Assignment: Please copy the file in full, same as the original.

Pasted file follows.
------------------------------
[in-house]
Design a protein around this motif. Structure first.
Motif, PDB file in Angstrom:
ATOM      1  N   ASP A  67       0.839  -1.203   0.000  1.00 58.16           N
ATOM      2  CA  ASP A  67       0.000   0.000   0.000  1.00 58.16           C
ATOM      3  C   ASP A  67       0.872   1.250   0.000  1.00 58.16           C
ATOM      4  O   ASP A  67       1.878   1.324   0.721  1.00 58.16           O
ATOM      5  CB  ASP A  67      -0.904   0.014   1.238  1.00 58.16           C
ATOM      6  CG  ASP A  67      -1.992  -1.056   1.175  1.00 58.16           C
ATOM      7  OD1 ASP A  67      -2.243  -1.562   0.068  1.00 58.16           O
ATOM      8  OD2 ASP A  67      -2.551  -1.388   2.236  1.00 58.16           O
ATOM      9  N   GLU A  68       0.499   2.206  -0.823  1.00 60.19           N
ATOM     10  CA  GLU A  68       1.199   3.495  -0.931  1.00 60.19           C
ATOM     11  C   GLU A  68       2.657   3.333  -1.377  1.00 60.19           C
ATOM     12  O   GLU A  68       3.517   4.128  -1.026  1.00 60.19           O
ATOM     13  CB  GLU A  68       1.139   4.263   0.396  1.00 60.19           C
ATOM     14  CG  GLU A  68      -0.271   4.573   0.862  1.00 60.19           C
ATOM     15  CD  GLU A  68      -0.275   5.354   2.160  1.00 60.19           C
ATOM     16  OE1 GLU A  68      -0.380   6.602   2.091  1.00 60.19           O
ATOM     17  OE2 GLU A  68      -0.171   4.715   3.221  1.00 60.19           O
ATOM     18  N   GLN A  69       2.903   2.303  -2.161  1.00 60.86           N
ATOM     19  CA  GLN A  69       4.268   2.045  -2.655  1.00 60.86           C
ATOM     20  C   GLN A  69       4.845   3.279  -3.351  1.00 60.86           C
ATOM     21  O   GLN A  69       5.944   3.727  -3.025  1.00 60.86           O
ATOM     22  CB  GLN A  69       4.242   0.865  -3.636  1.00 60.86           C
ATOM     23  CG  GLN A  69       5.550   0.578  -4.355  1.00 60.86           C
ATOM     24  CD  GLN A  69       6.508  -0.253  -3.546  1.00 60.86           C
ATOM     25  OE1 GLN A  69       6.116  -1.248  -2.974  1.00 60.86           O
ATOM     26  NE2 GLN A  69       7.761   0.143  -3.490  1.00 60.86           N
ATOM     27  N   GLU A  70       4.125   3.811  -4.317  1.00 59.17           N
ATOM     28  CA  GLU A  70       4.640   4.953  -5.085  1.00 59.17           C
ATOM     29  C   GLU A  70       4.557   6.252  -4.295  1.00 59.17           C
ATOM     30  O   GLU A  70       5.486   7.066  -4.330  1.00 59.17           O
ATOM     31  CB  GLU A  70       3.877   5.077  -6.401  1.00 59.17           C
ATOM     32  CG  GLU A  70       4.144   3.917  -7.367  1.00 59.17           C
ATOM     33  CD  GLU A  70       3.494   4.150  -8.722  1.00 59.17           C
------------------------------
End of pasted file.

[in-house]
Design a protein around this motif. Structure first.
Motif, PDB file in Angstrom:
ATOM      1  N   ASP A  67       0.839  -1.203   0.000  1.00 58.16           N
ATOM      2  CA  ASP A  67       0.000   0.000   0.000  1.00 58.16           C
ATOM      3  C   ASP A  67       0.872   1.250   0.000  1.00 58.16           C
ATOM      4  O   ASP A  67       1.878   1.324   0.721  1.00 58.16           O
ATOM      5  CB  ASP A  67      -0.904   0.014   1.238  1.00 58.16           C
ATOM      6  CG  ASP A  67      -1.992  -1.056   1.175  1.00 58.16           C
ATOM      7  OD1 ASP A  67      -2.243  -1.562   0.068  1.00 58.16           O
ATOM      8  OD2 ASP A  67      -2.551  -1.388   2.236  1.00 58.16           O
ATOM      9  N   GLU A  68       0.499   2.206  -0.823  1.00 60.19           N
ATOM     10  CA  GLU A  68       1.199   3.495  -0.931  1.00 60.19           C
ATOM     11  C   GLU A  68       2.657   3.333  -1.377  1.00 60.19           C
ATOM     12  O   GLU A  68       3.517   4.128  -1.026  1.00 60.19           O
ATOM     13  CB  GLU A  68       1.139   4.263   0.396  1.00 60.19           C
ATOM     14  CG  GLU A  68      -0.271   4.573   0.862  1.00 60.19           C
ATOM     15  CD  GLU A  68      -0.275   5.354   2.160  1.00 60.19           C
ATOM     16  OE1 GLU A  68      -0.380   6.602   2.091  1.00 60.19           O
ATOM     17  OE2 GLU A  68      -0.171   4.715   3.221  1.00 60.19           O
ATOM     18  N   GLN A  69       2.903   2.303  -2.161  1.00 60.86           N
ATOM     19  CA  GLN A  69       4.268   2.045  -2.655  1.00 60.86           C
ATOM     20  C   GLN A  69       4.845   3.279  -3.351  1.00 60.86           C
ATOM     21  O   GLN A  69       5.944   3.727  -3.025  1.00 60.86           O
ATOM     22  CB  GLN A  69       4.242   0.865  -3.636  1.00 60.86           C
ATOM     23  CG  GLN A  69       5.550   0.578  -4.355  1.00 60.86           C
ATOM     24  CD  GLN A  69       6.508  -0.253  -3.546  1.00 60.86           C
ATOM     25  OE1 GLN A  69       6.116  -1.248  -2.974  1.00 60.86           O
ATOM     26  NE2 GLN A  69       7.761   0.143  -3.490  1.00 60.86           N
ATOM     27  N   GLU A  70       4.125   3.811  -4.317  1.00 59.17           N
ATOM     28  CA  GLU A  70       4.640   4.953  -5.085  1.00 59.17           C
ATOM     29  C   GLU A  70       4.557   6.252  -4.295  1.00 59.17           C
ATOM     30  O   GLU A  70       5.486   7.066  -4.330  1.00 59.17           O
ATOM     31  CB  GLU A  70       3.877   5.077  -6.401  1.00 59.17           C
ATOM     32  CG  GLU A  70       4.144   3.917  -7.367  1.00 59.17           C
ATOM     33  CD  GLU A  70       3.494   4.150  -8.722  1.00 59.17           C